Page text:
formulation of its internal security programme. The events of 11 September 2001 reinforced a perception amongst EU policy-makers that migration control should form a central part of EU counter-terrorism policy, impacting upon the framing of the debate over migration in the EU. This chapter focuses on how the EU’s ‘fight against terrorism’ discourse constructs the ‘migrant’ other as a potential and an implicit terrorist threat through the linking of counter-terrorism to migration and border control policies. The chapter does this by identifying three intertwined themes that

in The European Union’s fight against terrorism
Author: Sean R. Roberts

This book explores the reasons and justifications for the Chinese state’s campaign to erase Uyghur identity, focusing, in particular, on how China’s manipulation of the US-led Global War on Terror (GWOT) has facilitated this cultural genocide. It is the first book to address this issue in depth, and serves as an important rebuttal to Chinese state claims that this campaign is a benign effort to combat an existential extremist threat. While the book suggests that the motivation for this state-led campaign is primarily China’s gradual settler colonization of the Uyghur homeland, the text focuses on the narrative of the Uyghur terrorist threat that has provided international cover and justification for the campaign and has shaped its ‘biopolitical’ nature. It describes how the People’s Republic of China (PRC) was able to successfully implicate Uyghurs in GWOT and, despite a lack of evidence, brand them internationally as a serious terrorist threat within the first year of the war. In recounting these developments, the book offers a critique of existing literature on the Uyghur terrorist threat and questions the extent of this threat to the PRC. Finding no evidence for the existence of such a threat when the Chinese state first declared its existence in 2001, the book argues that a nominal Uyghur militant threat only emerged after over a decade of PRC suppression of Uyghur dissent in the name of counterterrorism, facilitating a ‘self-fulfilling prophecy’ that has served to justify further state repression and ultimately cultural genocide.

process.1 This was the first time that the gradually escalating violence inside the Uyghur homeland had spilled into inner China, and, as such, it helped to escalate the fear of the alleged ‘terrorist threat’ posed by Uyghurs inside the PRC to a new level. At the time, I was asked by CNN.com to write an opinion column on the incident, and in that piece, I raised skepticism about this event’s connection to an organized threat with ties to international ‘terrorism’ networks, given the rudimentary nature of the attack.2 The response I received from Chinese netizens was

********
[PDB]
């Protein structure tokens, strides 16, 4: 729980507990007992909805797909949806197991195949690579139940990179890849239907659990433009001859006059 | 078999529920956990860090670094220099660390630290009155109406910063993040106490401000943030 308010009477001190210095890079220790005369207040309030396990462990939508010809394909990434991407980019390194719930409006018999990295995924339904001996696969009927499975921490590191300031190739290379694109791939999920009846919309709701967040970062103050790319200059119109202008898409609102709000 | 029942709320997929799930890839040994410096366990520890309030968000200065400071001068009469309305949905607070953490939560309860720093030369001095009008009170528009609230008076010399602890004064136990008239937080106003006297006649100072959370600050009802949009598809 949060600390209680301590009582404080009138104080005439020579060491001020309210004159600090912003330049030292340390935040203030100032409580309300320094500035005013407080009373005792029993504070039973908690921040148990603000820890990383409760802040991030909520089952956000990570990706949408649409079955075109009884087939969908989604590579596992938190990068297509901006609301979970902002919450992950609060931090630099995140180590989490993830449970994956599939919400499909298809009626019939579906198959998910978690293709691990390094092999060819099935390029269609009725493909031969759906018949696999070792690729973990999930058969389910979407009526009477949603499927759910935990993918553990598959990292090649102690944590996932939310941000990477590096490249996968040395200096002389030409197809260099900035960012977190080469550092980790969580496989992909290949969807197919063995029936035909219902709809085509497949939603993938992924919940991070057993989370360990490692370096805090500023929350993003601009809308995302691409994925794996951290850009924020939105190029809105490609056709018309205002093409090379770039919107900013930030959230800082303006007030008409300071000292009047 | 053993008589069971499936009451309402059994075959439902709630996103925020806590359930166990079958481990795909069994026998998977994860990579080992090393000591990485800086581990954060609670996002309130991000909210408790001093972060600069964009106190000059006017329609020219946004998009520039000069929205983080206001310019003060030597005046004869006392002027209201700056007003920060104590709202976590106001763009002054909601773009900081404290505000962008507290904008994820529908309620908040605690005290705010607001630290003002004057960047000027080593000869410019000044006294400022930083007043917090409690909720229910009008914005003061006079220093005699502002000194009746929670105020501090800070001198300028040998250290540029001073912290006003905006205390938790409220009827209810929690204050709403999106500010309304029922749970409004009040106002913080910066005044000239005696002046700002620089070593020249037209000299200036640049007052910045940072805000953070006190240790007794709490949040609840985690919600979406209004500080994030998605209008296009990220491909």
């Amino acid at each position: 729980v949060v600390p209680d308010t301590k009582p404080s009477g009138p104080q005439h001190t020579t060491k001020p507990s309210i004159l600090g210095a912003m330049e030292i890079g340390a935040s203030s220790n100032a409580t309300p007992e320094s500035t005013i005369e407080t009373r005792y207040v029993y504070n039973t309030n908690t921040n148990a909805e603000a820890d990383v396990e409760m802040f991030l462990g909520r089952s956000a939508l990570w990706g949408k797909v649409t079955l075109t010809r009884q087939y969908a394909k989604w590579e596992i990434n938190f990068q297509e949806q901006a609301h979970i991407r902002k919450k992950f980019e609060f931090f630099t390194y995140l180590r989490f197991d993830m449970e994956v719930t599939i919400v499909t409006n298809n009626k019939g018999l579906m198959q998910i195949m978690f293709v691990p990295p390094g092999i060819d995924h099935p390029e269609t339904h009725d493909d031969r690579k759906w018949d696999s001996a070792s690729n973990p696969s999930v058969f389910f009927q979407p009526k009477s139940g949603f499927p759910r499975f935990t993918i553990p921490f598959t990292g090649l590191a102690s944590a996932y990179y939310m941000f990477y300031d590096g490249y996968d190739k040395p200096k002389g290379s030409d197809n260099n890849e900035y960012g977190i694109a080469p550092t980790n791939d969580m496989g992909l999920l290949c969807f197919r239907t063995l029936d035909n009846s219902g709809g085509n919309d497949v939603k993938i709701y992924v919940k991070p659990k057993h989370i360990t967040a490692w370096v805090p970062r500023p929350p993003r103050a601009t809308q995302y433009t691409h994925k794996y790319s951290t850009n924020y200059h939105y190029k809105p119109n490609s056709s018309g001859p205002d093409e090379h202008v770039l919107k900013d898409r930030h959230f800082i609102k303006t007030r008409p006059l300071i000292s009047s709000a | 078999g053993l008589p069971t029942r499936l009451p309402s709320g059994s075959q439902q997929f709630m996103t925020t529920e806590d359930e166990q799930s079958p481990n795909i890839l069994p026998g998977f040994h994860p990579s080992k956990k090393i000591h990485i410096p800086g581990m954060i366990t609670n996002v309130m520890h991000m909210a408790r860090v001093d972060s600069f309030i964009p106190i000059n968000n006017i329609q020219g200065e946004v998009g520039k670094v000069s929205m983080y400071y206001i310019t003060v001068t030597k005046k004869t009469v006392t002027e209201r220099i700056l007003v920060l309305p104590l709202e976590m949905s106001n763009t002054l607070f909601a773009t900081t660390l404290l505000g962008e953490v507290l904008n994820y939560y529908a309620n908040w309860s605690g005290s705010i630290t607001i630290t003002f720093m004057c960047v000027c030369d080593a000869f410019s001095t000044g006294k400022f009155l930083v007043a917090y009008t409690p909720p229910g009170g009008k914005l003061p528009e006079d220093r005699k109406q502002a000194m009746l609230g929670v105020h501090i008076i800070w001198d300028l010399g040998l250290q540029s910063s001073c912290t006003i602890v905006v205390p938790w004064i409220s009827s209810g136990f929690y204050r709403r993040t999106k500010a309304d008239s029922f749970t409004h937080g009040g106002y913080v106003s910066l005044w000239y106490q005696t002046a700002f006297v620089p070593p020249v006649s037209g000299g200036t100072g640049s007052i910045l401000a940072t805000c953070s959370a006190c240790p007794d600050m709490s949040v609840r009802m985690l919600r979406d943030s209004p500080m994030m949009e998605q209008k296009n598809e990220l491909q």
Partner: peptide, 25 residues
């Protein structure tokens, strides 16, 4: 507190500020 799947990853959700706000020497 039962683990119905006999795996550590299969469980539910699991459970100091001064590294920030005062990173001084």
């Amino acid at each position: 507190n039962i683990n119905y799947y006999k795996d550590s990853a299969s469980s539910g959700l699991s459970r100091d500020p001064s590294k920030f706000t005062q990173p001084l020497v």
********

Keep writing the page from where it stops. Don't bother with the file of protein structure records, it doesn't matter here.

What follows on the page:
in The war on the Uyghurs
The War on Terror and the resurgence of hillbilly horror after 9/11
Linnie Blake

5 ‘Squealing like a pig’: the War on Terror and the resurgence of hillbilly horror after 9/11 In a manner intriguingly reminiscent of President Bush’s Orientalist vilification of the terrorist threat in the months following the horrific events of 9 September 2001, the United States has a very long history of representing the inhabitants of its own isolated rural places or backwoods communities as monstrous, grotesque, diseased and polluted. Emerging as it did from the trauma of the Revolutionary War the foundational study of Colonial period self-image that is

in The wounds of nations

counterterrorism, 2002–2012 STATE PROPAGANDA’S TRANSITION FROM ‘SEPARATISTS’ TO ‘TERRORISTS’ AND THE EARLY YEARS OF CHINA’S ‘WAR ON TERROR’ Initially, the international recognition of ETIM as a ‘terrorist threat’ had little impact on Uyghurs inside their homeland. As suggested above, the state’s primary ‘security concern’ in the Uyghur homeland after 2001, like during the 1990s, remained indigenous calls for self-determination, which the state defined broadly as any expression of nationalism or of non-state-approved religiosity. Furthermore, its strategy for dealing with this

in The war on the Uyghurs